Michael J. Green et al (2016) highlight that imaginative and innovative exercises can enable medical students to foster and develop skills in reflection and resilience; ‘creating something new requires medical students to take risks and even to fail – something they are neither accustomed to, nor comfortable with doing … in a way that doesn’t threaten their evolving (and therefore fragile) professional identities’ (483). In this article, through one practical example, we have shown how the skill of managing uncertainty within medicine is extremely effectively taught by drawing on humanities frameworks and sources. The presence of a transdisciplinary teaching team is crucial in exploring these frameworks and sources, allowing for meaningful connections to be made between the humanities and clinical experience, but also creating a space where the state of uncertainty can be openly recognised and explored. During our graphic medicine exercise, students felt completely lost at the outset. However, with the support and collaboration of their peers, and the containment of a transdisciplinary teaching team modelling the management of uncertainty, they were able to make sense of the task, as well as initiate change in their own personal practice. Students underwent a transformation from initial confusion, through enthusiastic engagement, to the application of critical thinking to real-life clinical examples. This represents a journey from ways of knowing foregrounded in the positivism of biomedical science, to the different models of knowledge which foreground multiplicity and nuance within the humanities disciplines. We argue that students need to understand that both sets of knowledge, and the skills embedded within them, are core to attuned and effective clinical practice. This is the fundamental contribution of applied medical humanities teaching.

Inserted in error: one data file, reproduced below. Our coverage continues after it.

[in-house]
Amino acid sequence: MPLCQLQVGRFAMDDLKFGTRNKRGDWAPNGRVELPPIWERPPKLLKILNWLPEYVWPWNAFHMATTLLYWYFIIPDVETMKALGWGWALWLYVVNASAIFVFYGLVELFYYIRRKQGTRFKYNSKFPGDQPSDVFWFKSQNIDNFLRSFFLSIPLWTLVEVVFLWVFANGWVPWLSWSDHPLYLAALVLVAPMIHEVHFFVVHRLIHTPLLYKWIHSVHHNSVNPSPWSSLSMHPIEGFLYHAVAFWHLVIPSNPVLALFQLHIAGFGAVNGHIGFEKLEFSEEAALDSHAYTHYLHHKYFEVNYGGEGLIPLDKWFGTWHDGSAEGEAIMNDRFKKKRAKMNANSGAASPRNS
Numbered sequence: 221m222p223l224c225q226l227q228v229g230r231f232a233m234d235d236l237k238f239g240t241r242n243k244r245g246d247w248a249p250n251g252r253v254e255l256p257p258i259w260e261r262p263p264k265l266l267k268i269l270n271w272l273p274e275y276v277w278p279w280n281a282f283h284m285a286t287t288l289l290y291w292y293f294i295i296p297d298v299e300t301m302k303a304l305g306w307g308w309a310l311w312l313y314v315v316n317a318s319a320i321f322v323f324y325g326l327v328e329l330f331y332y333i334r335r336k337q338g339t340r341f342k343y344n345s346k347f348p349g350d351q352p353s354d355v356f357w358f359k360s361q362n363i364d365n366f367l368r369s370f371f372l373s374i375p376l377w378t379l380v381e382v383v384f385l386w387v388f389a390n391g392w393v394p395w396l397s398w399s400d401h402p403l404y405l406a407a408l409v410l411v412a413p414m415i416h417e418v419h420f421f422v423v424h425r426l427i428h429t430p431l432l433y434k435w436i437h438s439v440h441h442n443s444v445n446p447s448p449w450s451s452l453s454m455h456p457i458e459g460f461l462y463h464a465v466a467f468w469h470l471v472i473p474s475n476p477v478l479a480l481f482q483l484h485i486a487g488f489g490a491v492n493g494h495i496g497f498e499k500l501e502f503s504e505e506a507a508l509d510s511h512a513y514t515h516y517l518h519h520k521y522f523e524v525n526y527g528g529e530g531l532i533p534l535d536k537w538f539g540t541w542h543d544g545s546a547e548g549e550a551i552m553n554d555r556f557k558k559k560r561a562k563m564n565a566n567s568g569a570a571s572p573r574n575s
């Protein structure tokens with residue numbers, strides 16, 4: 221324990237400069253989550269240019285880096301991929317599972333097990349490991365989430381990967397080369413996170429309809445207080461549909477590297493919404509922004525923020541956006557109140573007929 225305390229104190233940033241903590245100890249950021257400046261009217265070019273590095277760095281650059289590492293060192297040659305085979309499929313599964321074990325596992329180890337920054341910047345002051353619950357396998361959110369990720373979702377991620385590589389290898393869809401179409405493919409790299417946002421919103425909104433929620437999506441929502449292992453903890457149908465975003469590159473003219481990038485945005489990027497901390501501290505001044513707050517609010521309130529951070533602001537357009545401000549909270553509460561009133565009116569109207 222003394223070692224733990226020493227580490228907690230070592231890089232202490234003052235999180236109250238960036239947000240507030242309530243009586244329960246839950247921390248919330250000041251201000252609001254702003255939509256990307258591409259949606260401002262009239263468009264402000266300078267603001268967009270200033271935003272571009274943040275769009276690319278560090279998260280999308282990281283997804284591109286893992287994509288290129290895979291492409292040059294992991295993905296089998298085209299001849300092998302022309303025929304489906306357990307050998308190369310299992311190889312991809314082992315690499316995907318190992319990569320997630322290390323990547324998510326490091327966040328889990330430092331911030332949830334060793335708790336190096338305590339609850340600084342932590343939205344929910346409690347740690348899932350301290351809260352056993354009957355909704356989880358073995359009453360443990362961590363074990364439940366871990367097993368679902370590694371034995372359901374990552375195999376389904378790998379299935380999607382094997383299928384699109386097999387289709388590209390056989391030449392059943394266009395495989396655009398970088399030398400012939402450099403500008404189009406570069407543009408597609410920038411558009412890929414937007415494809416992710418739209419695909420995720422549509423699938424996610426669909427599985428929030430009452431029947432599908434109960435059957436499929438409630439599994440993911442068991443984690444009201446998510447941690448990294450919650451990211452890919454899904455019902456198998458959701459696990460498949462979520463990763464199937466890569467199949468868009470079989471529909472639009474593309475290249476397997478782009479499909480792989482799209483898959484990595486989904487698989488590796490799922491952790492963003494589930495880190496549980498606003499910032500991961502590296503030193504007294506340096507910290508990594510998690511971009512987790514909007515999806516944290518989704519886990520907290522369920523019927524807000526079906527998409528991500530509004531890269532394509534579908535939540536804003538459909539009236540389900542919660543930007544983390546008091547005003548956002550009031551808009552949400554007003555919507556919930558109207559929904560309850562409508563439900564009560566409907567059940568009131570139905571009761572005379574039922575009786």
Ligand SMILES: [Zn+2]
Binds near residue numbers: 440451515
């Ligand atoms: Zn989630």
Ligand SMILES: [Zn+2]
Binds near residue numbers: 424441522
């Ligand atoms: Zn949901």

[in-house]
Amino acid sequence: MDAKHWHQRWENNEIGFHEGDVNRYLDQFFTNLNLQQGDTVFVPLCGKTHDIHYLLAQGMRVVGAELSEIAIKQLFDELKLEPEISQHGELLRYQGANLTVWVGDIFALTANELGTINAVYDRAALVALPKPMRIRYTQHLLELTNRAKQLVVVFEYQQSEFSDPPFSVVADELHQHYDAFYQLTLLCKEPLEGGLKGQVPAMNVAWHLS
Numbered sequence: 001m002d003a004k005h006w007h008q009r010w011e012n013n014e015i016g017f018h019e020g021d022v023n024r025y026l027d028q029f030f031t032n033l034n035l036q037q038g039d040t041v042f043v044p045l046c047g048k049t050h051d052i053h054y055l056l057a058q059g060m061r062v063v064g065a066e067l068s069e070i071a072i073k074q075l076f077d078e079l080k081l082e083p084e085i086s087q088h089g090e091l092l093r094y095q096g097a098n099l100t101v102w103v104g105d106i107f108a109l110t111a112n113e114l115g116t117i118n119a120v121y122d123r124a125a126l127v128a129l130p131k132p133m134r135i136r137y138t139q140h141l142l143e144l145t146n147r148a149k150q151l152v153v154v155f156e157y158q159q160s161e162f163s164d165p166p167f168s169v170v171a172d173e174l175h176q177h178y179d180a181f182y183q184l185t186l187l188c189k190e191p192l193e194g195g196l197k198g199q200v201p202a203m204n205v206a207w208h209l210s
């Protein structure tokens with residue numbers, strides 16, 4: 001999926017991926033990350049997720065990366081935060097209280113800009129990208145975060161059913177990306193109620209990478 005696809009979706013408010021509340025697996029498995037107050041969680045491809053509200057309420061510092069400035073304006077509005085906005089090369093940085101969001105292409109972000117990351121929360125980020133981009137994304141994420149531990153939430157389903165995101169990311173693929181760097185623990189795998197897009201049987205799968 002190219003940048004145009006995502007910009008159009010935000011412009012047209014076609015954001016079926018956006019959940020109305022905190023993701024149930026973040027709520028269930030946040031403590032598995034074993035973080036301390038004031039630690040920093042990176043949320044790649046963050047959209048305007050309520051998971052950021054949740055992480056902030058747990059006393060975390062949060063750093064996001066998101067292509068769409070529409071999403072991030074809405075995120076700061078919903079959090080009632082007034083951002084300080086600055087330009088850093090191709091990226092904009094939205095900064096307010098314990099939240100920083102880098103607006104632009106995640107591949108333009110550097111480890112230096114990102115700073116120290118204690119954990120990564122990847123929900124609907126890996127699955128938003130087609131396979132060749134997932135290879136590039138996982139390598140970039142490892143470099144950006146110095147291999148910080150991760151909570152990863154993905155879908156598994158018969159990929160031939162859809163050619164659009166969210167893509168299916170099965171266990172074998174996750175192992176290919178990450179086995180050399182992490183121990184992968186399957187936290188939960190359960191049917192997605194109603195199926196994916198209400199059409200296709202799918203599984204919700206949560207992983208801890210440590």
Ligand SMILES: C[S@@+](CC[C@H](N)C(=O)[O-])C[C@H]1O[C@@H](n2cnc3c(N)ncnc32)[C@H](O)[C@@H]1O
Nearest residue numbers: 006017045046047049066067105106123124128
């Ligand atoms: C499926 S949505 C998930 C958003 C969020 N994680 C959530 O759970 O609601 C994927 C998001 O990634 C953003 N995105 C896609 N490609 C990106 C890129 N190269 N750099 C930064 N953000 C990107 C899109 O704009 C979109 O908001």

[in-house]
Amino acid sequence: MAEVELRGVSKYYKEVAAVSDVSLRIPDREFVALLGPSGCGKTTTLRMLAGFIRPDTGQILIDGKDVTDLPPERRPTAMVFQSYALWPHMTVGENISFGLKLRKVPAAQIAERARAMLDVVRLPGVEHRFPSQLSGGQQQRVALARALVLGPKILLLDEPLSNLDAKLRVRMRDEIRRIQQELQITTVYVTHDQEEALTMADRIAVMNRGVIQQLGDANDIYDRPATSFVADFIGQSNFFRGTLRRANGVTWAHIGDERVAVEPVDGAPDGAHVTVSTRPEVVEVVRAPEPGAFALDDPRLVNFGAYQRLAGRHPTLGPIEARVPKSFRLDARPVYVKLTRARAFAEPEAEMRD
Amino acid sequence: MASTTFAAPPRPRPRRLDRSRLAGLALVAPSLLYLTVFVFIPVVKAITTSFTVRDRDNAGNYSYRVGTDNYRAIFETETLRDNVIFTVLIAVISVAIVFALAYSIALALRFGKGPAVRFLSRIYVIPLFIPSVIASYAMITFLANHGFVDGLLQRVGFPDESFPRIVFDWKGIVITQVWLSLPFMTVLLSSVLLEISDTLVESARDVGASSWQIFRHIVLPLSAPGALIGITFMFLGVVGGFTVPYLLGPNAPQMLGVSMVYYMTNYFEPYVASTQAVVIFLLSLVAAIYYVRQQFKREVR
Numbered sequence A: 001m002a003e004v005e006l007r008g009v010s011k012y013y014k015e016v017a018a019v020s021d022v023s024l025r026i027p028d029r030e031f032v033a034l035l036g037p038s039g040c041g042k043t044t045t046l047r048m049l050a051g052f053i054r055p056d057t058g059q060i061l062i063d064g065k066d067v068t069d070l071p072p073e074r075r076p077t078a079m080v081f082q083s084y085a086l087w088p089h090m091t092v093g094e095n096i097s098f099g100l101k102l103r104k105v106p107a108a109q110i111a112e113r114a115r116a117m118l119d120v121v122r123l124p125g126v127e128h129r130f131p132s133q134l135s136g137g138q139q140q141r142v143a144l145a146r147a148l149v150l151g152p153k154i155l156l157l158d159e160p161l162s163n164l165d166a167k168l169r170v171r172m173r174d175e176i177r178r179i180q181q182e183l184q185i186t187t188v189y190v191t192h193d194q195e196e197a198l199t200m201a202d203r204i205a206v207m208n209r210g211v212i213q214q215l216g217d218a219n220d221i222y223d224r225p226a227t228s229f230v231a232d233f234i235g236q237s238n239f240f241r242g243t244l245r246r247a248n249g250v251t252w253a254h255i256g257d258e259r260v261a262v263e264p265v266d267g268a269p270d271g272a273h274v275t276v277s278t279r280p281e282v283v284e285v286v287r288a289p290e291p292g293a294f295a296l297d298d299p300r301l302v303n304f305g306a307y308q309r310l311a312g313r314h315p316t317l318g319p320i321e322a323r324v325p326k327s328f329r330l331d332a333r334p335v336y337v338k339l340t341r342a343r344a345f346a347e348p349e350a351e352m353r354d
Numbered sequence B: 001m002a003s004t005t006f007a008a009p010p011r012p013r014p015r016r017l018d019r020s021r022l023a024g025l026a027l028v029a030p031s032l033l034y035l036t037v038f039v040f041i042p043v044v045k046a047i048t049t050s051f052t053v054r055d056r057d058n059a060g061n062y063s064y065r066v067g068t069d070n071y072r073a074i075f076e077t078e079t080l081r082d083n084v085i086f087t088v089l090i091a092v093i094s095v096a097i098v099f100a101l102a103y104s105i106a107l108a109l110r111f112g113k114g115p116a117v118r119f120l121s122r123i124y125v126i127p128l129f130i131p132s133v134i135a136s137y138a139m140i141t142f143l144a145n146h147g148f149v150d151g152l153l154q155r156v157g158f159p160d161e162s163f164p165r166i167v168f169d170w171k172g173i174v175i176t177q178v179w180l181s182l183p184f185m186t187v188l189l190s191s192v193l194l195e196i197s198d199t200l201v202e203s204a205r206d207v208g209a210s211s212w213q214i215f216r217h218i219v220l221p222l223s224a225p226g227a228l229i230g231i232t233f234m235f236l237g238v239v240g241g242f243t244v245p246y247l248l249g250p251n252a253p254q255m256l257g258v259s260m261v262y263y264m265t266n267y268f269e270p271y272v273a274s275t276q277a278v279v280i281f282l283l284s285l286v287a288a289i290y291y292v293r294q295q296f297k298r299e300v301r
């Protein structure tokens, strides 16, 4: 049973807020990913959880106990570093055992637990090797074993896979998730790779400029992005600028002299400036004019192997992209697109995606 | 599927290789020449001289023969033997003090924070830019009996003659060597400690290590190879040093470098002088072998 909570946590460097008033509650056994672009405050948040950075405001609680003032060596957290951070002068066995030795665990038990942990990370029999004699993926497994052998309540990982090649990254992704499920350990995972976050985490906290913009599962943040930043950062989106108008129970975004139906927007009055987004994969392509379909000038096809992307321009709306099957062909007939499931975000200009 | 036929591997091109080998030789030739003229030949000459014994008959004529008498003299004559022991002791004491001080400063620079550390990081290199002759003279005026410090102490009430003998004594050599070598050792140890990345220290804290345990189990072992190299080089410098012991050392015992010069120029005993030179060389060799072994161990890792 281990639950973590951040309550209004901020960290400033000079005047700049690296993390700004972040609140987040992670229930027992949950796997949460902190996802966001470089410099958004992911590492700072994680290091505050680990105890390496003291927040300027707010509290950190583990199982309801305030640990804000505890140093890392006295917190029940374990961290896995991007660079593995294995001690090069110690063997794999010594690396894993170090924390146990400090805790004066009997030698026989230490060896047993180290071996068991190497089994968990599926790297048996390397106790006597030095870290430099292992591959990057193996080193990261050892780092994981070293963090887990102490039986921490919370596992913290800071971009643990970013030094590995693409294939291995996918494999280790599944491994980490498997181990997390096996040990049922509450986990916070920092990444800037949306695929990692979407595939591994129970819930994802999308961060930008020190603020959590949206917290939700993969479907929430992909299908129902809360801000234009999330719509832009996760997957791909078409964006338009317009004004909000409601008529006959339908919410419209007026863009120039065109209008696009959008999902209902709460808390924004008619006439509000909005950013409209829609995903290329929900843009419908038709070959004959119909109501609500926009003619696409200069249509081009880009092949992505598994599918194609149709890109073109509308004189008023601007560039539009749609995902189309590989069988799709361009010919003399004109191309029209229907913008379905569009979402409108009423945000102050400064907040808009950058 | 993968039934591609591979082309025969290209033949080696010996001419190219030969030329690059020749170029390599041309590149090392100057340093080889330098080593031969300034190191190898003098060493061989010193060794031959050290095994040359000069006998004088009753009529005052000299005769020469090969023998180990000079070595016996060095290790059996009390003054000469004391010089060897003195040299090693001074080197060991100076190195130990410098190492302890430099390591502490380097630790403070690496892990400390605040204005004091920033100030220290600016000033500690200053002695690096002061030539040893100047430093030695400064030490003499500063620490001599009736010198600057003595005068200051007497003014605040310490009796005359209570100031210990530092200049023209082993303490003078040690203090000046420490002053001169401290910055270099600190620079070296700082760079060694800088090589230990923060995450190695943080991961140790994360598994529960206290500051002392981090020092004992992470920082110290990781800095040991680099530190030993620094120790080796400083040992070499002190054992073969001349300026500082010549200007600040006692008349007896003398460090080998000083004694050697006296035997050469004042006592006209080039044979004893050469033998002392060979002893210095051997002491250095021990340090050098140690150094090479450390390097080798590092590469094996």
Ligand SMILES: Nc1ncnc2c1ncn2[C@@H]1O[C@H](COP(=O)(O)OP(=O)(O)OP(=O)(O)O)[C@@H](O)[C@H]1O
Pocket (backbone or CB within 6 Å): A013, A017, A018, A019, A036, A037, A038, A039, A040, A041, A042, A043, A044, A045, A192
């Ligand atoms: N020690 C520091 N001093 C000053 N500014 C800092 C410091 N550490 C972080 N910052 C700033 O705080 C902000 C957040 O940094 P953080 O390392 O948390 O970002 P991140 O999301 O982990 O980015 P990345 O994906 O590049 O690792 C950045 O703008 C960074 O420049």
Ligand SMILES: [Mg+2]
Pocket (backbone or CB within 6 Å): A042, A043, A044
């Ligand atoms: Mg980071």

Data availability statement
No data are available. Participants did not consent to data sharing.
Patient consent for publication
Students in the session gave their permission for their verbal contributions to be audio-recorded, transcribed and used in published research. Ethical clearance for this was given by Imperial’s Medical Education Ethics Committee, Faculty Education Office (Medicine), Imperial College London (Application Number: MEEC1819-146).
We are very grateful to the students who consented to have their contributions recorded, as well as for their engagement throughout all of our humanities sessions, without which this article could not have happened. We also thank Dr Molly Fyfe (senior academic fellow, Medical Education Research and Innovation Centre (MEdIC), Department of Primary Care and Public Health, Imperial College London) for her helpful reading suggestions and arranging audio-transcription of the session, and Dr Jo Horsburgh (lead for Medical Education Research, MEdIC, Department of Primary Care and Public Health, Imperial College London) for reviewing a draft version of this article. Finally, we also especially acknowledge Dr Sonia Kumar (Director of Undergraduate Primary Care Education and MEdIC, Department of Primary Care and Public Health, Imperial College London) for her initial conception of the Imperial/Birkbeck collaboration, her support of this project and for reading a draft of this article.
1. In a graphic novel or comic, a ‘panel’ refers to a visual segment, usually placed in a sequence with other panels. A ‘frame’ refers to the lines or borders that outline a panel. A ‘gutter’ refers to the space between framed panels.
2. Subject matter changed to maintain patient confidentiality.
Twitter @NeepaThacker, @harbottlestores, @jolowinning
Contributors All three authors contributed in terms of conducting the research, data analysis and writing this article.
Funding This article presents independent research supported by the National Institute for Health Research under the Applied Health Research programme for North West London.
Competing interests None declared.
Patient and public involvement Patients and/or the public were not involved in the design, conduct, reporting or dissemination plans of this research.
Provenance and peer review Not commissioned; externally peer reviewed.